"Till" is not a shortened form of "until". In fact, "until" is an expanded form of "till". "Till" is the older of the two and "until" was formed by adding the prefix un- to it. They are synonymous and mostly interchangeable. Here's a quick reference on acceptability of various forms:

    till : OK
    until : OK
    'till : Not OK
    'til : Maybe OK (only in informal writing)

    Well, schoolteachers are only human. To see more instances where what you learnt in school isn't always right, see the discussion of "dilemna" in AWADmail 39. -Anu

From: Mark Conacher (the.conachersATrogers.com)
Subject: Mondegreens

Thanks for highlighting this word in your 'Facts and Arguments' feature in today's Globe and Mail.

One of the more amusing mondegreens of which I'm aware relates to the title of Malachy McCourt's autobiography. Malachy is the brother of Frank McCourt and features prominently in McCourt's autobiography 'Angela's Ashes'.

Malachy entitled his book, 'A Monk Swimming'. In the book he explains the origin of the phrase as being his mis-hearing the 'Hail Mary' when a young lad; the relevant phrase being, "blessed are you amongst women."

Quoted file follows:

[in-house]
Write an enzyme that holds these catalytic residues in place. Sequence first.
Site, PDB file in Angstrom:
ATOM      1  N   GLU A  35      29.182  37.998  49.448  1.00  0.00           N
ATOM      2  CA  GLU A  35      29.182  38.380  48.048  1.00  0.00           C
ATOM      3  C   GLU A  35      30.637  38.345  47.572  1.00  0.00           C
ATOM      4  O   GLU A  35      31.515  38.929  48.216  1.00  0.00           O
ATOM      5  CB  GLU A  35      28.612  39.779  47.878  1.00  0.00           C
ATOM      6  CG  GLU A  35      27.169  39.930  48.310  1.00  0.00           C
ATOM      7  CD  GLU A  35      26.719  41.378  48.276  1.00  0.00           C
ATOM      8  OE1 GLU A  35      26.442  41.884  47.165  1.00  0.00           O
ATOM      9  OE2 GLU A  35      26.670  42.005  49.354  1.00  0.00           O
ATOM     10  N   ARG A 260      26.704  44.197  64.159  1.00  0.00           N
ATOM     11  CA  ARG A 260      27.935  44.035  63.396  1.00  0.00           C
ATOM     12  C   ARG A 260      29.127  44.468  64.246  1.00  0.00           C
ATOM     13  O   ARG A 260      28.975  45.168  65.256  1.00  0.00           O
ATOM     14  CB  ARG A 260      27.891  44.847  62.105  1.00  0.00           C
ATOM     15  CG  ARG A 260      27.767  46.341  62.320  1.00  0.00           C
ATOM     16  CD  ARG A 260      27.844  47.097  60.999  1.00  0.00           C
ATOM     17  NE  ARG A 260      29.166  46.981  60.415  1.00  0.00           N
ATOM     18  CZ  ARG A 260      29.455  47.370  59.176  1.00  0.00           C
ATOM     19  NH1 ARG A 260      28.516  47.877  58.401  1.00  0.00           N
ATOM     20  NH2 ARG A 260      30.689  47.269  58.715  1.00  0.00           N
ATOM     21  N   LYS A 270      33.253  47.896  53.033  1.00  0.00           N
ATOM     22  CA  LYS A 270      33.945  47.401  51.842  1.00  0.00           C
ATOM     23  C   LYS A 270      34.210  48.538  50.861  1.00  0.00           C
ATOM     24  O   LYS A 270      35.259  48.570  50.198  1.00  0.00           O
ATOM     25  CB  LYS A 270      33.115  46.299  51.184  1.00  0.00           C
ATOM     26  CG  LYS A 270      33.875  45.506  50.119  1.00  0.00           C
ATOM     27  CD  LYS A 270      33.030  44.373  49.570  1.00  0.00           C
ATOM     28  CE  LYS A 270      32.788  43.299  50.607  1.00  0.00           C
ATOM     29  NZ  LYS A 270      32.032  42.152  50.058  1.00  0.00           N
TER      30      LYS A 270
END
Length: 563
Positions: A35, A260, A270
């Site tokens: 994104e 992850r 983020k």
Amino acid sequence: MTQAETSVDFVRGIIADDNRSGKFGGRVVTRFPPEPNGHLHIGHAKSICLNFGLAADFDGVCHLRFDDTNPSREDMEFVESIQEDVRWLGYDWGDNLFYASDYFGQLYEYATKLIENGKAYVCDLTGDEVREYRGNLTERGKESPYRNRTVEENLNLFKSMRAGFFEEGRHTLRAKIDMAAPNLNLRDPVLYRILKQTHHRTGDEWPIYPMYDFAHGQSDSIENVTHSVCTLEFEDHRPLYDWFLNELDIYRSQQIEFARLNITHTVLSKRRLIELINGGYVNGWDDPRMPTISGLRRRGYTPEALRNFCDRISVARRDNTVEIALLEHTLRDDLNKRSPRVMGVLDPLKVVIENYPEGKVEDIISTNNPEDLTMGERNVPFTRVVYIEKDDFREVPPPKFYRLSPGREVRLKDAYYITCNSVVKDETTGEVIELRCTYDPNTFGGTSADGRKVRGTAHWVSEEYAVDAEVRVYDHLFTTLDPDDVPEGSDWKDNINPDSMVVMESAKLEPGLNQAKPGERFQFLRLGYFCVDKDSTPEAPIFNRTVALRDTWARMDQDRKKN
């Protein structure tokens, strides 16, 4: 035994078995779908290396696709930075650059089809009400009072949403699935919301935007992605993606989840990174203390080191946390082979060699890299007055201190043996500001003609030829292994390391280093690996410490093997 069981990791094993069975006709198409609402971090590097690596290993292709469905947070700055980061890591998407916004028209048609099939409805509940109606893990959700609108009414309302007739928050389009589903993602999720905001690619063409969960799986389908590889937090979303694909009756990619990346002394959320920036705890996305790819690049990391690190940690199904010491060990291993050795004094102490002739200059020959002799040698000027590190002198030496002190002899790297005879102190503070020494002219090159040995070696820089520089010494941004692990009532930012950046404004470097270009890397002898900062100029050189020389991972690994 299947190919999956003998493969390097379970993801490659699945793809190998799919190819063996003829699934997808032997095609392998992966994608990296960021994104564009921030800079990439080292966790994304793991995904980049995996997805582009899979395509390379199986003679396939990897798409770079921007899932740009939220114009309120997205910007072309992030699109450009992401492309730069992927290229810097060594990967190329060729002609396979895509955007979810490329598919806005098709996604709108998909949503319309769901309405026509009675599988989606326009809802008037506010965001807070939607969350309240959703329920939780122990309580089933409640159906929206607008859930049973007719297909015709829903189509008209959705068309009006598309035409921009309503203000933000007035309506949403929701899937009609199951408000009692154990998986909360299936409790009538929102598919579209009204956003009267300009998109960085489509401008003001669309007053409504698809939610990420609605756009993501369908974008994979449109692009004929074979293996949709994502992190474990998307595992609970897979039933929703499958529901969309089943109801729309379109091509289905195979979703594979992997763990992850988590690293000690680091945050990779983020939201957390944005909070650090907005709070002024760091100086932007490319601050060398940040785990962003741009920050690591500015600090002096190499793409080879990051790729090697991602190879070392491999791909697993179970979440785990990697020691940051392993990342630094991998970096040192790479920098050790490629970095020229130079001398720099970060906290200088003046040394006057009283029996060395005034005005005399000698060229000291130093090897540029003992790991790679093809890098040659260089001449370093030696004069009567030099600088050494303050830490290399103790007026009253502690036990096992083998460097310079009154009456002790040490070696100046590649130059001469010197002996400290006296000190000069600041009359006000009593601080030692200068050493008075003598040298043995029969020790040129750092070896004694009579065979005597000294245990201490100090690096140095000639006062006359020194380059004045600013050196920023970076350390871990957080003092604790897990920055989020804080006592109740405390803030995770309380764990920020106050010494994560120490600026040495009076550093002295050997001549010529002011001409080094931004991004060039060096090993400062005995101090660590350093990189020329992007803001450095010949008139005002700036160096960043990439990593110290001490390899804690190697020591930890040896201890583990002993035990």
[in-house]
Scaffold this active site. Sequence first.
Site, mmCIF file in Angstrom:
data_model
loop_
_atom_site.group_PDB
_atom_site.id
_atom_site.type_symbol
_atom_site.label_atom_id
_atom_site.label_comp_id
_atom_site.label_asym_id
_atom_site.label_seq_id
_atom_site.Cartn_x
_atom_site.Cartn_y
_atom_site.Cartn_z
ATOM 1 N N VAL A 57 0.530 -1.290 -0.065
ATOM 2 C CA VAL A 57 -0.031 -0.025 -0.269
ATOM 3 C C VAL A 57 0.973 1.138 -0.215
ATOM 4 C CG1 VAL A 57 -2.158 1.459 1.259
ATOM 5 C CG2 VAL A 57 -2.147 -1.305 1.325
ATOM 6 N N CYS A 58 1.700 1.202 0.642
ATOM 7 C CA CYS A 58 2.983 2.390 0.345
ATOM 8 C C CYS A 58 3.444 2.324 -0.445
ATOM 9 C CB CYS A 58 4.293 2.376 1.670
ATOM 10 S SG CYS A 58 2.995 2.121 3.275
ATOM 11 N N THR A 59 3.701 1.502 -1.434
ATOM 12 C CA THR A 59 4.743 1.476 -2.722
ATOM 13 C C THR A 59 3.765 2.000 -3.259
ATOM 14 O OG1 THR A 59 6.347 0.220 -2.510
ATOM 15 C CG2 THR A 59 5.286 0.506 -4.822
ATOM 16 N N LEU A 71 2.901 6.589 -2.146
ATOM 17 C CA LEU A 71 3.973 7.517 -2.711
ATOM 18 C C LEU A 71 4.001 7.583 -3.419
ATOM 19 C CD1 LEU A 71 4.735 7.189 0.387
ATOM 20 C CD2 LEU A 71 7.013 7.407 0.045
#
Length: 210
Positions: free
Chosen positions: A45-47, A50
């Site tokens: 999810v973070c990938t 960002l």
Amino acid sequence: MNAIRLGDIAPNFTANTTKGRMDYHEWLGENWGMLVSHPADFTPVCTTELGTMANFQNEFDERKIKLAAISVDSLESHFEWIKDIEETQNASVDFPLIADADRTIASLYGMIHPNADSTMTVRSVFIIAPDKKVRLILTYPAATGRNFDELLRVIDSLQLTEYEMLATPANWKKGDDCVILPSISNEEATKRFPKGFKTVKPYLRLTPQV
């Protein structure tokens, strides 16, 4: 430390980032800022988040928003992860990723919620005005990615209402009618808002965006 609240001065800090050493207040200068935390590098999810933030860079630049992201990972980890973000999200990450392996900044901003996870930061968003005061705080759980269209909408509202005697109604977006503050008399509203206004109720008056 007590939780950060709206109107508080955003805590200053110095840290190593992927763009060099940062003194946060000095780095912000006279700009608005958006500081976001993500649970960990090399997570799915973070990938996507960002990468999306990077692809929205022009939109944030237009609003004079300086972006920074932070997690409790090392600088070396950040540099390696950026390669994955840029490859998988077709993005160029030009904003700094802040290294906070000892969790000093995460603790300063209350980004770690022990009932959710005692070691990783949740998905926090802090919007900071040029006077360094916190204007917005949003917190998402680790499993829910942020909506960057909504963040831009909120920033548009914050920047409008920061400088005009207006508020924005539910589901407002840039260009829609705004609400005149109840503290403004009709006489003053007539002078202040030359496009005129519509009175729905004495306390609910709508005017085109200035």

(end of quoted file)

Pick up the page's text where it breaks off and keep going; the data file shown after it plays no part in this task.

Thanks, Mark! For those who haven't seen the story, it's available at Globe and Mail Web site. -Anu

From: Alexandra Baer (abaer1111ATaol.com)
Subject: Re: A.Word.A.Day--hangdog

The word hangdog is now commonly used in the rock climbing world. If you climb a route but hang on the rope a lot instead of climbing it "clean," then you're accused of hangdogging the route. Climbing is now full of very interesting words that describe the exact combination of moves a climber does to attain the top of a route. I've sent the great gift of wordsmith to all my friends and we talk about the daily word up at the cliffs. Think of it as higher education.

From: David Darrow (darrowdATimmunex.com)
Subject: Comic attached

Check out this comic.

It should be captioned:
How to tell your boss reads A Word A Day.

Words are timeless. You should utter them or write them with a knowledge of their timelessness. -Kahlil Gibran, mystic, poet, and artist (1883-1931)